What’s better? To pay in SEK or my home currency?

I’ve seen this myself abroad: the store or restaurant where I pay offers me to either pay in local currency or in my home currency. Based on my experience, I’ve always fared better to use local currency and let my bank handle the exchange. Why? When you pay in your own currency, the store’s/restaurant’s bank abroad will apply the exchange rate and it is usually worse than the exchange rate your own credit card company applies. This could be because they (locally) have to buy your currency while your card provider would sell the same, and it could also be that it’s just a way to line their pockets a bit extra. I suggest you ask your bank before you travel which would be more advisable.

Please remember: currencies tend to fluctuate, and as we’re heading into more unstable economic times, things change daily. Keep an eye on exchange rates while you travel to avoid any unnecessary surprises. This is true for stable “safe harbor” currencies like the CHF or USD as well as currencies from countries which are considered less safe, e.g. SEK or GBP, usually for political reasons.

If you have questions, please don’t hesitate to contact us. We would be happy to try and answer your specific questions.

National Geographic wants you to… visit Gothenburg!

I can’t blame them…

Gothenburg is a heavenly destination for foodies. I’ve always known that. Well, maybe it hasn’t always been, but the chefs here in town have a thing or two for fish and seafood and in the past decade or so, plenty of amazing restaurants serve superb food.

I recently came across this article on National Geographic where they point out Gothenburg as a top destination in 2019 to visit if you love food. Who am I to argue with National Geographic?

They particularly point to “Salt & Sill”, a restaurant about 90 minutes north of Gothenburg on the small island of Klädesholmen. I was there just last week and can confirm that it’s still an amazing place. I reviewed it on my TripAdvisor account.

But that’s not the only great place in the region

There are so many more great places to eat, even in the city itself. Some I’ve written about in my DIY-guide which you can purchase right here on the site. But let me just mention one of my personal favorites. Expensive, but amazing food: Sjömagasinet.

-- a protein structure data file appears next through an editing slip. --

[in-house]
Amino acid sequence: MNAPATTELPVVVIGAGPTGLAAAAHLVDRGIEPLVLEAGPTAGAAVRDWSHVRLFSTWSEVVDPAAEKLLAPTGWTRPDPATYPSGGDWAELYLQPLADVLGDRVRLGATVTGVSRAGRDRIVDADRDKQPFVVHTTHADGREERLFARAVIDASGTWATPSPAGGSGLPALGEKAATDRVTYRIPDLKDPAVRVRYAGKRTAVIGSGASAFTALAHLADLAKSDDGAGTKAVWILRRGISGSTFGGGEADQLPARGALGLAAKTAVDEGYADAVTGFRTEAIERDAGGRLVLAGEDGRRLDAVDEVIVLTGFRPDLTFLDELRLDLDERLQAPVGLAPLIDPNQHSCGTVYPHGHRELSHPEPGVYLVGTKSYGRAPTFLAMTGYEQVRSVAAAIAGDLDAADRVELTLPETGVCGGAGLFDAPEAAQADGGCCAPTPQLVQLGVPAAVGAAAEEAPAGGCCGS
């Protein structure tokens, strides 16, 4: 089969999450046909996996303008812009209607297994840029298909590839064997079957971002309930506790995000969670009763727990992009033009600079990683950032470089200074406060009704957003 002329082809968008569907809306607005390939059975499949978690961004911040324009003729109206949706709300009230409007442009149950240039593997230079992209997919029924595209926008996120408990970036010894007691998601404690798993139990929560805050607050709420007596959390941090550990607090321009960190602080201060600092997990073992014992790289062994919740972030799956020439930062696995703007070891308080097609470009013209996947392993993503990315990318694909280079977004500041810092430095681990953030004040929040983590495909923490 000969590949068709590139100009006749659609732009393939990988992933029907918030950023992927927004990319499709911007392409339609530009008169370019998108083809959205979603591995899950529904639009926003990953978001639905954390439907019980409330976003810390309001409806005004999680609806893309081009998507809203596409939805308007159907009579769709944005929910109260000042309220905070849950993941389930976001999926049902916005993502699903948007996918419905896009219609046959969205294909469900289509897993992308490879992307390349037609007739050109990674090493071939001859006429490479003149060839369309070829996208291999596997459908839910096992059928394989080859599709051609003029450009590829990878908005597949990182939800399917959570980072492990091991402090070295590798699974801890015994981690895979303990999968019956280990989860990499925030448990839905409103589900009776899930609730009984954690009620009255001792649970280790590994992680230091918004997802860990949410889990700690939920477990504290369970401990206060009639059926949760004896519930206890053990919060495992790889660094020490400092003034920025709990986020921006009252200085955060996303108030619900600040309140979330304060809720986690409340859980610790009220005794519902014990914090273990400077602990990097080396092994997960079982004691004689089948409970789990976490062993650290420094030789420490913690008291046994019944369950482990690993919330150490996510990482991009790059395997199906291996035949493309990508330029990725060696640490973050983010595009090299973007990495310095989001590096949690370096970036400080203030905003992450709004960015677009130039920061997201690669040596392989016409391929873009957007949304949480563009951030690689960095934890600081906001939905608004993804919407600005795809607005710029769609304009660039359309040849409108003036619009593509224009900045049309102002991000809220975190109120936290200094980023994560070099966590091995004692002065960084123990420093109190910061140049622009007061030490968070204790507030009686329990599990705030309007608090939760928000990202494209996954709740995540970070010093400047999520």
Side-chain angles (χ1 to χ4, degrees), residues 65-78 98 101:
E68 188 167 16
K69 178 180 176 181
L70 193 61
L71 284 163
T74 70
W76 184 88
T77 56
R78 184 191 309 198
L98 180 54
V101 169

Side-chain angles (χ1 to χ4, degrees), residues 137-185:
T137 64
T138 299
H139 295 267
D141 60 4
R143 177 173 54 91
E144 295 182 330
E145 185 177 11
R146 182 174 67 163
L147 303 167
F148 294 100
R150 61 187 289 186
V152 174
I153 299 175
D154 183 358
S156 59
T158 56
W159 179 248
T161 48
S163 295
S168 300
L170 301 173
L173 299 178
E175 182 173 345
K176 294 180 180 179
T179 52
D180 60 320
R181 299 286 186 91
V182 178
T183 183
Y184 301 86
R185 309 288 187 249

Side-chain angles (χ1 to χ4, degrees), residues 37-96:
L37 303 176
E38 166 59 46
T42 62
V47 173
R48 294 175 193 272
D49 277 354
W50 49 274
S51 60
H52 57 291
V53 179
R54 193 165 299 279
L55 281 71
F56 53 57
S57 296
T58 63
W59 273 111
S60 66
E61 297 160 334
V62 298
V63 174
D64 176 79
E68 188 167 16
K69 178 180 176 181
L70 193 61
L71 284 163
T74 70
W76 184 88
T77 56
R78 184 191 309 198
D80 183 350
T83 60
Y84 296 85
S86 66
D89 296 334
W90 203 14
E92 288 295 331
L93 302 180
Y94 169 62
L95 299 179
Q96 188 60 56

I was there last week and the food is superb. Below’s what my dessert looked like. And it was as delicious as it looks. So come visit Gothenburg, from food trucks to the best experimental cuisine, we’ve got you covered!

Amazing strawberry dessert with Swedish “egg-cheese” (ask me for a recipe) and meringues.

Guiding our most valued guests to the West Coast

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This week, my dad is visiting us. I still remember the first time he came to see me here in Sweden. To show him my new home town is always an honor, and slightly scary. Will he approve? We’ve just spent two days on the West Coast, and he liked it, despite the cold and windy weather, something even the best guide isn’t able to influence.

Nobody’s as honest and critical as family

If you think that guiding your family is easier than clients? Think again. And to think you get any favors? No sir. Guiding family (and friends) is not a grateful job, but it provides great opportunities to learn and grow, not to mention test new things, try new restaurants (or make sure known ones are still up to par), etc.

A trip to the West Coast

Dad has been here many times over the years, and yesterday and today, I took him back to some of the places he’d been to before, although it’s been many years. He’d mostly forgotten and this time the weather was better.

We covered Marstrand yesterday, a small island city off the coast about 40′ drive north of Gothenburg, and today we drove even further, although we ended up just a good 15′ boat ride north of Marstrand, on the island of Tjörn and its outlying isles of Klädesholmen, Åstol, and Dyrön.

Good food and amazing nature to round off a successful day

Our first stop for today was Skärhamn, a coastal town on the island of Tjörn. It is famous for it’s arts museum, focusing on aquarelle paintings. But it also sports a beautiful harbor and a smiling church.